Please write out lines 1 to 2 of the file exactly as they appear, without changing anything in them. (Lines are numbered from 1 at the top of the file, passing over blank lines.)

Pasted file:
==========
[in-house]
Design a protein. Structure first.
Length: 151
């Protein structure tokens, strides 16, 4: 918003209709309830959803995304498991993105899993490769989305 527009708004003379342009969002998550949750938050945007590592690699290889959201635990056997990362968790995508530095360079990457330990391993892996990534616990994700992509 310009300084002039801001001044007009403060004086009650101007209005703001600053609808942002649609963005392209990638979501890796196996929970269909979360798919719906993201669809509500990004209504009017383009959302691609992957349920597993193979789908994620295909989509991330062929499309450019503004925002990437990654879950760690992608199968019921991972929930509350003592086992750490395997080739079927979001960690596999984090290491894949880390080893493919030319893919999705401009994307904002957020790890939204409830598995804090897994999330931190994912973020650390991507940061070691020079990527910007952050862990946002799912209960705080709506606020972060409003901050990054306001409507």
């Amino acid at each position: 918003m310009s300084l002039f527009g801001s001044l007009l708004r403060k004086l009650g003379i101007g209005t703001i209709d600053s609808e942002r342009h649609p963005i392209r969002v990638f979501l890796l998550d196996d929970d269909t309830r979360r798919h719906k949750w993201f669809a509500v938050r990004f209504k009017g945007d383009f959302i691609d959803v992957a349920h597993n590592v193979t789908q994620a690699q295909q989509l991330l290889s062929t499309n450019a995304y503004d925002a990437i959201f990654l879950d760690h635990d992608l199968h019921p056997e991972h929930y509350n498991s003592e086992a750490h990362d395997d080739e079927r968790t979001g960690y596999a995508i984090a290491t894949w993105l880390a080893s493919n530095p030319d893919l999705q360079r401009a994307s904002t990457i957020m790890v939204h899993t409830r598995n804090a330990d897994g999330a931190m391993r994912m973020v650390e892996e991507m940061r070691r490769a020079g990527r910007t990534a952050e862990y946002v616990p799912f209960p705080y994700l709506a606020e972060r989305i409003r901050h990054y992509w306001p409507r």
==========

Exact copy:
[in-house]
Design a protein. Structure first.